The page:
Note: This foundation-l post is cross-posted to commons-l, since this discussion may be of interest there as well.

> From: Tobias Oelgarte <>

> It is a in house made problem, as i explained at brainstorming [1].
> To put it short: It is a self made problem, based on the fact that this 
> images got more attention then others. Thanks to failed deletion 
> requests they had many people caring about them. This results in more 
> exact descriptions and file naming then in average images. Thats what 
> search engines prefer; and now we have them at a top spot. Thanks for 
> caring so much about this images and not treating them like anything else.

I don't think that is the case, actually. Brandon described how the search function works here:

To take an example, the file 

(a prominent search result in searches for "shower") has never had its name or description changed since it was uploaded from Flickr. My impression is that refinement of file names and descriptions following discussions has little to do with sexual or pornography-related media appearing prominently in search listings. The material is simply there, and the search function finds it, as it is designed to do.

> Andreas, you currently represent exactly that kind of argumentation that 
> leads into anything, but not to a solution. I described it already in 
> the post "Controversial Content vs Only-Image-Filter" [2], that single 
> examples don't represent the overall thematic. It also isn't an addition 
> to the discussion as an argument. It would be an argument if we would 
> know the effects that occur. We have to clear the question:

It is hard to say how else to provide evidence of a problem, other than by giving multiple (not single) examples of it.

You could also search for blond, blonde, red hair, strawberry, or peach ...

What is striking is the crass sexism of some of the filenames and image descriptions: "blonde bombshell", "Blonde teenie sucking", "so, so sexy", "These two had a blast showing off" etc.

One of the images shows a young woman in the bathroom, urinating:

Her face is fully shown, and the image, displayed in the Czech Wikipedia, carries no personality rights warning, nor is there evidence that she has consented to or is even aware of the upload.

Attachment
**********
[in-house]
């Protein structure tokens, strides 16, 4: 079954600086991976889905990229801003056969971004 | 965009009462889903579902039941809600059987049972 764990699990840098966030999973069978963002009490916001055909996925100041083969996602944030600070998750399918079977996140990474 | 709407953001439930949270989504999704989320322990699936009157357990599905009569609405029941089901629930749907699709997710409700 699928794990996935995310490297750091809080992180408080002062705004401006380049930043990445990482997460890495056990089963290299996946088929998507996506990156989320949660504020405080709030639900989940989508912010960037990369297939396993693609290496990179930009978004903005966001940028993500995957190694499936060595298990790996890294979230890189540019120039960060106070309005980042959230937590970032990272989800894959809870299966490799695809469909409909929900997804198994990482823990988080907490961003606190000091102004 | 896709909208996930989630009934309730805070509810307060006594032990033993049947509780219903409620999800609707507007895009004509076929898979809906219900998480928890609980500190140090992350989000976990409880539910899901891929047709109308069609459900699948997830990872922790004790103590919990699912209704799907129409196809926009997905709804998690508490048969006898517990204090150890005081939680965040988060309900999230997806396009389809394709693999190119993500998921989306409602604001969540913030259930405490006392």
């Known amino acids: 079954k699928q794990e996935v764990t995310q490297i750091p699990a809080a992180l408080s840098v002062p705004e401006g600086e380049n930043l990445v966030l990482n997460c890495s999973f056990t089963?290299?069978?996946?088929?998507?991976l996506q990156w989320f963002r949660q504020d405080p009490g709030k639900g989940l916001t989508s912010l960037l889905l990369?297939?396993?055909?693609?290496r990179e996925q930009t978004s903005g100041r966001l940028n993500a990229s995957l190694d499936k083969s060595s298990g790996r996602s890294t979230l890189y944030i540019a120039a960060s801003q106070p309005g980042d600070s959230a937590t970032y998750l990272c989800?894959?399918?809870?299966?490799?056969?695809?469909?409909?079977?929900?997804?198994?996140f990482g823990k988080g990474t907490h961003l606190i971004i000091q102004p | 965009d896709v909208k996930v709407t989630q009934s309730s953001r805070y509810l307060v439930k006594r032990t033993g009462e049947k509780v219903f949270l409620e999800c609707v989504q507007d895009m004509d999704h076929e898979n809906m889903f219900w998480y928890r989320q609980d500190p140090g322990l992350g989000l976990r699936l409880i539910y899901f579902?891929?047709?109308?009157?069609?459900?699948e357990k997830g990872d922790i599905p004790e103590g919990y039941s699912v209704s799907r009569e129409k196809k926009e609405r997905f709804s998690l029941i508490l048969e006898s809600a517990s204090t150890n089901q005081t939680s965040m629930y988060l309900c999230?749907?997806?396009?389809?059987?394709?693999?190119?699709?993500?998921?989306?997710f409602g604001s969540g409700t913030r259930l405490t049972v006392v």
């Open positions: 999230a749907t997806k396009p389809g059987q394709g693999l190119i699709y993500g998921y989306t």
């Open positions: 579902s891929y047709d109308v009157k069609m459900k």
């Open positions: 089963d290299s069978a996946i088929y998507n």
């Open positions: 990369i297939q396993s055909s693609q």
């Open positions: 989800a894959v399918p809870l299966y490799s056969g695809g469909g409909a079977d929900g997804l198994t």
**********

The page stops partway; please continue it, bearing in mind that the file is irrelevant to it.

And I am surprised how often images of porn actresses are found in search results, even for searches like "Barbie". Commons has 917 files in Category:Unidentified porn actresses alone. There is no corresponding Category:Unidentified porn actors (although there is of course a wealth of categories and media for gay porn actors).

> * Is it a problem that the search function displays sexual content? (A 
> search should find anything related, by definition.)

I think the search function works as designed, looking for matches in file names and descriptions. 

> * Is sexual content is overrepresented by the search?

I don't think so. The search function simply shows what is there. However, the sexual content that comes up for innocuous searches sometimes violates the principle of least astonishment, and thus may turn some users off using, contributing to, or recommending Commons as an educational resource.

> * If that is the case. Why is it that way?
> * Can we do something about it, without drastic changes, like 
> blocking/excluding categories?

One thing that might help would be for the search function to privilege files that are shown in top-level categories containing the search term: e.g. for "cucumber", first display all files that are in category "cucumber", rather than those contained in subcategories, like "sexual penetrative use of cucumbers", regardless of the file name (which may not have the English word "cucumber" in it).

A second step would be to make sure that sexual content is not housed in the top categories, but in appropriately named subcategories. This is generally already established practice. Doing both would reduce the problem somewhat, at least in cases where there is a category that matches the search term.



Am 17.10.2011 02:56, schrieb Andreas Kolbe:
> Personality conflicts aside, we're noting that non-sexual search terms in Commons can prominently return sexual images of varying explicitness, from mild nudity to hardcore, and that this is different from entering a sexual search term and finding that Google fails to filter some results.
> I posted some more Commons search terms where this happens on Meta; they include
> Black, Caucasian, Asian;
> Male, Female, Teenage, Woman, Man;
> Vegetables;
> Drawing, Drawing style;
> Barbie, Doll;
> Demonstration, Slideshow;
> Drinking, Custard, Tan;
> Hand, Forefinger, Backhand, Hair;
> Bell tolling, Shower, Furniture, Crate, Scaffold;
> Galipette – French for "somersault"; this leads to a collection of 1920s pornographic films which are undoubtedly of significant historical interest, but are also pretty much as explicit as any modern representative of the genre.
> Andreas